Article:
Specific rules regarding service disconnection for non-payment can be found in the tariffs of the Delaware Electric Cooperative and Delmarva Power. Additionally, 26 Del. C. Section 117(d) states: "In no event shall such termination occur if any occupant of any dwelling unit shall be so ill that the termination of such sale or service shall adversely affect his or her health or recovery, which has been so certified by a signed statement from any duly licensed physician, physician assistant or advanced nurse practitioner, of this State or of a state with similar accreditation and received by any employee or officer of such person engaging in the distribution or sale of gas, water or electricity. Signed statements from a licensed physicia n, physician assistant or advanced nurse practitioner, obtained pursuant to this section are effective for 120 days. Signed statements may be renewed by means of a new signed statement to prevent termination only if a customer makes a good faith effort to make payments towards the utilty service being provided." Finally, the Commission, by PSC Order No. 6325 (adopted December 9, 2003), promulgated Regulations Governing Termination Of Residential Electric Or Natural Gas Service By Public Utilities For Non-Payment During Extreme Seasonal Temperature Conditions. These regulations establish uniform procedures which must be followed prior to termination of service for non-payment during the heating or cooling season, and sets forth limitations on when service may be disconnected during the heating or cooling season. It is important to note that the PSC does not have any authority over the operations of utility companies when it comes to disconnections, other than what is mentioned above. Delmarva Power does have the right to collect all outstanding debts, and any payment arrangements on these debts are at the discretion of Delmarva. In addition, Delmarva Power may also require a deposit from customers who have outstanding debts.

I can't pay my heating bill. Who can I contact for help?

Whenever you have problems paying your bill, you should first contact your utility service provider who can often work with you in establishing payment arrangements, or provide a listing of community resources that may be able to help. If you are still in need of financial assistance, the Delaware Helpline (1-800-464-4357) can provide information on state government agencies and referrals to community resources.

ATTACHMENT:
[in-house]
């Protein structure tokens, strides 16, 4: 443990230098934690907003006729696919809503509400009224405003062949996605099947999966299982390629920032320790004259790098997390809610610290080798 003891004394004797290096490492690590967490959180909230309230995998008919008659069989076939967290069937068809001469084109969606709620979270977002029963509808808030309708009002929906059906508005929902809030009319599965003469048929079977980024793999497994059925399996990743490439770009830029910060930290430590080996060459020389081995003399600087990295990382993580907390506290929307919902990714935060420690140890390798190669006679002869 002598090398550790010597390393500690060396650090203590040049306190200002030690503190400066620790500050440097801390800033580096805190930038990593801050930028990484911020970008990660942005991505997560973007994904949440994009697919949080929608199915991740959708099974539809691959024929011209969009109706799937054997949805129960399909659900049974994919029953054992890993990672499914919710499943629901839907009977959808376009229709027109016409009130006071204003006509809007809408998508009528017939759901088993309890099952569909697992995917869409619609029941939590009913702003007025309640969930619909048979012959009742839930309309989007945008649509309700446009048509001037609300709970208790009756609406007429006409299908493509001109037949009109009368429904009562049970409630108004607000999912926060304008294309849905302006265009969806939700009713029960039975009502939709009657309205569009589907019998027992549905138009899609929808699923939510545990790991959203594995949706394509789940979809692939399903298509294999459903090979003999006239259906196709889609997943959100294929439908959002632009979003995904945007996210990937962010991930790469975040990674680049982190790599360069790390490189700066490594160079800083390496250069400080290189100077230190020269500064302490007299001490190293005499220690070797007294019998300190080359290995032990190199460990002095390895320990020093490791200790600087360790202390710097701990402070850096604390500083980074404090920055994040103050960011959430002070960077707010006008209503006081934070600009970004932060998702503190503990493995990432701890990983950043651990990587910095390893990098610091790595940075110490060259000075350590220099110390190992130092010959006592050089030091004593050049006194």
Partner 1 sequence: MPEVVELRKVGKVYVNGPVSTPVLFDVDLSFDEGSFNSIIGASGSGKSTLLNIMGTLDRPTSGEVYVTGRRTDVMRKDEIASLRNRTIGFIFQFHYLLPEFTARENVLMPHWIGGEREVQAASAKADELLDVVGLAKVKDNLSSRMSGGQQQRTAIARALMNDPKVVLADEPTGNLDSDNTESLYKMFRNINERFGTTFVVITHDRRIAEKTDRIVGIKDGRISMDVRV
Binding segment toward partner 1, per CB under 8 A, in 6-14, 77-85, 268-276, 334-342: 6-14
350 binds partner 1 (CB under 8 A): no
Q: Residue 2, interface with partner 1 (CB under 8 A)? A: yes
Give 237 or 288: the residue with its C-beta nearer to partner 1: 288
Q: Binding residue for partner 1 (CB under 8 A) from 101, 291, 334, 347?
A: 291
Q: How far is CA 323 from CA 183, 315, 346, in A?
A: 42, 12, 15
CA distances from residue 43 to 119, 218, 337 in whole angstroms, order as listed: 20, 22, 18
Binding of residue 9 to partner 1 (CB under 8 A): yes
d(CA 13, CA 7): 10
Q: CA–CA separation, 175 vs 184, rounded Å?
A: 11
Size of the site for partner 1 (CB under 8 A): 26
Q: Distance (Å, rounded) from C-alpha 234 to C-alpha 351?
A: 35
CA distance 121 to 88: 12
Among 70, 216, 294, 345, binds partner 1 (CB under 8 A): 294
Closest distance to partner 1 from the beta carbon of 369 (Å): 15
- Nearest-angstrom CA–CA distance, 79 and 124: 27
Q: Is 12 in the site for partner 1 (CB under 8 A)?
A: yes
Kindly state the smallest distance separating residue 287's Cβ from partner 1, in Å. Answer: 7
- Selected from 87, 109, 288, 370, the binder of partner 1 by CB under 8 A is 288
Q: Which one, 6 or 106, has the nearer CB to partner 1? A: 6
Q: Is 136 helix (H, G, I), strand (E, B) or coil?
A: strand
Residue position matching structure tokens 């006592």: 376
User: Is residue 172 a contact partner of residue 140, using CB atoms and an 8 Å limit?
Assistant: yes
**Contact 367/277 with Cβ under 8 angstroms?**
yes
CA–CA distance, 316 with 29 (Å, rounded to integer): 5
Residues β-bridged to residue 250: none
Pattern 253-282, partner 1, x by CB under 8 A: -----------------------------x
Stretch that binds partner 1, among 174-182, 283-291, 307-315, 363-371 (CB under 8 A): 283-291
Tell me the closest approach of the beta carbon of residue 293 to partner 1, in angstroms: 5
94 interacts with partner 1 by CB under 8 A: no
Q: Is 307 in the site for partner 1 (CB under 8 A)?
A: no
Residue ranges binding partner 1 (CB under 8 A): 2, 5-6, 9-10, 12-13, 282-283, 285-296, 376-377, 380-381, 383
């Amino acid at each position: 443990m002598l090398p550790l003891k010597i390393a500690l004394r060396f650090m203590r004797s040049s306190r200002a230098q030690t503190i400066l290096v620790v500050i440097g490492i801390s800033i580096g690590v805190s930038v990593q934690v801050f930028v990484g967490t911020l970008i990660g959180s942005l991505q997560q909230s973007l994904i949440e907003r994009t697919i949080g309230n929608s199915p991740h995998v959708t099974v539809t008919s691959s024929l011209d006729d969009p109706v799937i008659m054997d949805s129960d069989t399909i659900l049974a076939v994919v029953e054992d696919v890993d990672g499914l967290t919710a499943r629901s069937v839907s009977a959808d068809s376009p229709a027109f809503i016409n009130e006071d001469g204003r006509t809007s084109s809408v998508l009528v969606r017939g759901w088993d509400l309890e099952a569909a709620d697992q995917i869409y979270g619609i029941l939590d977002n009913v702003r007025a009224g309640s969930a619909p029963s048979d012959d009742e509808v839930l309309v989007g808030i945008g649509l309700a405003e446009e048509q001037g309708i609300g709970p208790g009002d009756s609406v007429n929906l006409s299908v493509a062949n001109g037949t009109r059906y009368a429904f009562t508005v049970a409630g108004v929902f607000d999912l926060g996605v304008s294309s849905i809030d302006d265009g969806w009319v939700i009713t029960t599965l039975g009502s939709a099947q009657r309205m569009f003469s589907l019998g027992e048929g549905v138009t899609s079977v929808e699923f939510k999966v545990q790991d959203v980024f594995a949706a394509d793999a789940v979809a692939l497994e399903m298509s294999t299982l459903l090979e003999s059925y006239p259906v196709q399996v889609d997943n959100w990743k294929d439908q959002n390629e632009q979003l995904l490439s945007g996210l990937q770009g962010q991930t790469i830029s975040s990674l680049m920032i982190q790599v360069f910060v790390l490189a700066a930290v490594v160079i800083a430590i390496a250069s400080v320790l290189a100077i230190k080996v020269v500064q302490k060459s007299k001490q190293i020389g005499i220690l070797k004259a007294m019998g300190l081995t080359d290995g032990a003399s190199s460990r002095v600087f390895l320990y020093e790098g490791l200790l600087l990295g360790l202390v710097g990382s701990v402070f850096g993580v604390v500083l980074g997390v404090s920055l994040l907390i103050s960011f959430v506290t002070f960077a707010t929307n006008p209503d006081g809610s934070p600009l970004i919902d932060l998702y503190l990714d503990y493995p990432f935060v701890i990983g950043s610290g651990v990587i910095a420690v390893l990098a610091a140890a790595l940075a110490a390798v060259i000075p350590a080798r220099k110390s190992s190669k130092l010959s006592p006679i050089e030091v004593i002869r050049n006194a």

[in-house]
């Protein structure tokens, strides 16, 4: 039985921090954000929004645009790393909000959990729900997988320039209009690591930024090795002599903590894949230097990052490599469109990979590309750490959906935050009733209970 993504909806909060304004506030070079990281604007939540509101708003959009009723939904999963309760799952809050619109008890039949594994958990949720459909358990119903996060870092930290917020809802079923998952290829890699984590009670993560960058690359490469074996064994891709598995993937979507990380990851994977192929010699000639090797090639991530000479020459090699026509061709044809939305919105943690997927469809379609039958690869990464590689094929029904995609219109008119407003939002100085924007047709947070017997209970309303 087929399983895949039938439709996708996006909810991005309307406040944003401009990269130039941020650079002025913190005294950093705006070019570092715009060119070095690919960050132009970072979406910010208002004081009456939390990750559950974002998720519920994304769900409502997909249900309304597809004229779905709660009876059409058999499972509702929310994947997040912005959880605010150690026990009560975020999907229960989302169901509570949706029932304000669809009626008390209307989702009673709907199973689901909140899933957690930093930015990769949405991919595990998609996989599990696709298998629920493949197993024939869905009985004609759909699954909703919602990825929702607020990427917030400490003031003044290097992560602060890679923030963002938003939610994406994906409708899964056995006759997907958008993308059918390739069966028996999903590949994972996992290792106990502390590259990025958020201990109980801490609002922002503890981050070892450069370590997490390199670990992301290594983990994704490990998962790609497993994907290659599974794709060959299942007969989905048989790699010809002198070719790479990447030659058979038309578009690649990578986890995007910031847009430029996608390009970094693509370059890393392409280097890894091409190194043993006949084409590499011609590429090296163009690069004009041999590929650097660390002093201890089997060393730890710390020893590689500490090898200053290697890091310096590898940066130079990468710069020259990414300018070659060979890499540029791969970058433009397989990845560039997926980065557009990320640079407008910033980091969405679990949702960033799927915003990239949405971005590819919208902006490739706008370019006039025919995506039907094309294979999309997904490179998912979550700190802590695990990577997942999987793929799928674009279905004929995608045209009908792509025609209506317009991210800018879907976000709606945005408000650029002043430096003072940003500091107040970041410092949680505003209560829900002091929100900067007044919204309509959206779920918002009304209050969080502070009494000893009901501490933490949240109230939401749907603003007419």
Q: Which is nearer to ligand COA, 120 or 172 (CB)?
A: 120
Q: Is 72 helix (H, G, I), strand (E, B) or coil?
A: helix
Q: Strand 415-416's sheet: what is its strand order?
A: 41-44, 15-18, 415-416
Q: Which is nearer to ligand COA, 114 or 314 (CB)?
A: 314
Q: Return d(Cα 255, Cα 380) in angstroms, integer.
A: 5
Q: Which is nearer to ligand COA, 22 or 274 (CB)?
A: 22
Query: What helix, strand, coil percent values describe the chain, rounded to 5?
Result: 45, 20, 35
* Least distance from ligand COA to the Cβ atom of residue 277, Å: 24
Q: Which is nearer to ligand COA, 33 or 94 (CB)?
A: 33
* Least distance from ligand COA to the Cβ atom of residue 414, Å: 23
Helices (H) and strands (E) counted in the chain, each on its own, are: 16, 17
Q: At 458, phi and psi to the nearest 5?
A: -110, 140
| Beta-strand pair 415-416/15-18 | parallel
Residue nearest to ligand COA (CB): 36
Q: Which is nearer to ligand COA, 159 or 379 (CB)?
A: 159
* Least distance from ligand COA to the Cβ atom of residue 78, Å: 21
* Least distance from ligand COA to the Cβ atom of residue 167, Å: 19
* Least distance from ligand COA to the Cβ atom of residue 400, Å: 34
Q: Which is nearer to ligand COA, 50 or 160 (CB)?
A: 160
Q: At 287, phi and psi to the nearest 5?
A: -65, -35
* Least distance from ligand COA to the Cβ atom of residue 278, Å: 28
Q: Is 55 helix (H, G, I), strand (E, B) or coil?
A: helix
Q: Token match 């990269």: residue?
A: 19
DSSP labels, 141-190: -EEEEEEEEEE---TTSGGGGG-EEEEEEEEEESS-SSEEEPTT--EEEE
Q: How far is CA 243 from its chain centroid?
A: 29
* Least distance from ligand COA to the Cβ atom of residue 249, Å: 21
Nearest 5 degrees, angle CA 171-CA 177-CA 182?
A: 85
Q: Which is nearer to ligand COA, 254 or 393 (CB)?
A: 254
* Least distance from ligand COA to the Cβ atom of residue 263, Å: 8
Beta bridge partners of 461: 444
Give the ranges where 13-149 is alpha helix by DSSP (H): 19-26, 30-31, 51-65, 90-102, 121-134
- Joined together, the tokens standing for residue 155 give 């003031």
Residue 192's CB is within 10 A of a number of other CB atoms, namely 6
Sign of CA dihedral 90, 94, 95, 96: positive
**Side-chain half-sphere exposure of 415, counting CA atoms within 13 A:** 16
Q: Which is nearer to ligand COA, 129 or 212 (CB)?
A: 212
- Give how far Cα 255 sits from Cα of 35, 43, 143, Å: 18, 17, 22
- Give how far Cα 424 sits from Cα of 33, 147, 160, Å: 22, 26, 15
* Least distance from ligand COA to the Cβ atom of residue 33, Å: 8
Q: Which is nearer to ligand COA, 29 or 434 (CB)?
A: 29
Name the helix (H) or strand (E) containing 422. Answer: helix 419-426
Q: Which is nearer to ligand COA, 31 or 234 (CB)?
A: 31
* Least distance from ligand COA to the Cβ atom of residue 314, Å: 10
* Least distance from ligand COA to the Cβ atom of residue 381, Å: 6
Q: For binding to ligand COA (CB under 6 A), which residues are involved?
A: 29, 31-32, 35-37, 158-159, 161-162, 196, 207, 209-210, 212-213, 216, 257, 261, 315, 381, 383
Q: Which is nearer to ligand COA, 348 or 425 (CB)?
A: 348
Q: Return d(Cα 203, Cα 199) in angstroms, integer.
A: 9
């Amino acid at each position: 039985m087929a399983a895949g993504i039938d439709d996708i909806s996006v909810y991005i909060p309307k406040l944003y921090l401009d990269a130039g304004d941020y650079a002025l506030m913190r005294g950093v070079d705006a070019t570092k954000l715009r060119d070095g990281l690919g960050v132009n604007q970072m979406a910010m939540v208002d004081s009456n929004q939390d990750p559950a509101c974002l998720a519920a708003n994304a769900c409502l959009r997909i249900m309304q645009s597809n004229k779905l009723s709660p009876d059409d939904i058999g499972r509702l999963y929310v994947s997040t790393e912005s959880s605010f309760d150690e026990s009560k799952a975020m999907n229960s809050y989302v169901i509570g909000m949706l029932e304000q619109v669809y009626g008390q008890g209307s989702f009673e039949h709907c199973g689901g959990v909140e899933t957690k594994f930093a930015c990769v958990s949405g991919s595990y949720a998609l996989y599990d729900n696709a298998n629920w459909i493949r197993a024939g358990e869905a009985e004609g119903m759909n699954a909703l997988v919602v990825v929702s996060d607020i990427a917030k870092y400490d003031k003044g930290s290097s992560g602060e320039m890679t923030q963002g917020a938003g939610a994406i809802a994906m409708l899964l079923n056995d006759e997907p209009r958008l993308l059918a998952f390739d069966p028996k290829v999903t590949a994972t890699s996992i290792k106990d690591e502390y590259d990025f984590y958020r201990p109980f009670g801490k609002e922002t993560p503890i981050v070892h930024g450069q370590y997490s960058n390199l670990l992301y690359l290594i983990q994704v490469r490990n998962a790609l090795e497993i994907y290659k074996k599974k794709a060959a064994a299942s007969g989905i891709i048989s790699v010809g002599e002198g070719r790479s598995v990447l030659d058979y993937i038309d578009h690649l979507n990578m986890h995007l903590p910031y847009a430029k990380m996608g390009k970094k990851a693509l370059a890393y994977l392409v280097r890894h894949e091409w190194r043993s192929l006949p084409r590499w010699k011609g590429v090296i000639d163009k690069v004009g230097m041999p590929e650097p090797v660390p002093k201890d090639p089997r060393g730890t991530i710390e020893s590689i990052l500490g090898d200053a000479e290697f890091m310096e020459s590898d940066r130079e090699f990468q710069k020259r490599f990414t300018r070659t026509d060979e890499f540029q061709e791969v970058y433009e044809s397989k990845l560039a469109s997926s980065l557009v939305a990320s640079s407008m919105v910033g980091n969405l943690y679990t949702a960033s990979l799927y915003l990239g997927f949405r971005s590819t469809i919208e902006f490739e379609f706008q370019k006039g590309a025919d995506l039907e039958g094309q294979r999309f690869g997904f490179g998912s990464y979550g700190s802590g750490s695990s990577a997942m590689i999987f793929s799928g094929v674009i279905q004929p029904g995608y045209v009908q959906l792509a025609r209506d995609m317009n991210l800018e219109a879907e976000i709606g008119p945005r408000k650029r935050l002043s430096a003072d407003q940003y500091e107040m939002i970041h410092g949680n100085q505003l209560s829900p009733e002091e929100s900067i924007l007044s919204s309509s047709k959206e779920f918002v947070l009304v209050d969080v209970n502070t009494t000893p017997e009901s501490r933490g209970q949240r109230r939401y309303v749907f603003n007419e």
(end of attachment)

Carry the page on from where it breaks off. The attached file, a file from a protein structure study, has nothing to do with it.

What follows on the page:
I received a Landowner Notification from a water company by certified mail. What does it mean?

In order for a water utility to expand its water service territory, it must apply for and be granted a Certificate of Public Convenience and Necessity ("CPCN") by the Commission. By PSC Order No. 5730 (adopted June 5, 2001) the Commission established Regulations Concerning Water Utilities Including the Public Service Commission's Jurisdiction to Grant and Revoke Certificates of Public Convenience and Necessity. These rules, in unison with 26 Del. C. Section 203C set forth the procedures water utilities (including, in certain circumstances, municipal water utilities) must follow in order for the Commission to grant a CPCN. One of the requirements is that the water utility send the Landowner Notification by certified mail to all landowners in a proposed service territory prior to the filing of an application for a CPCN. The purpose of the Landowner Notification is to inform landowners that their property has been identified for inclusion in a water service territory, and to inform them of the options available to them under law. If you received a Landowner Notification by certified mail and you want your property included in a service territory, even though you did not sign a request for the utility's water services, then you need not take any action and your property will be included in an area where the utility is authorized to serve. Otherwise, you may exercise one or more of the following options: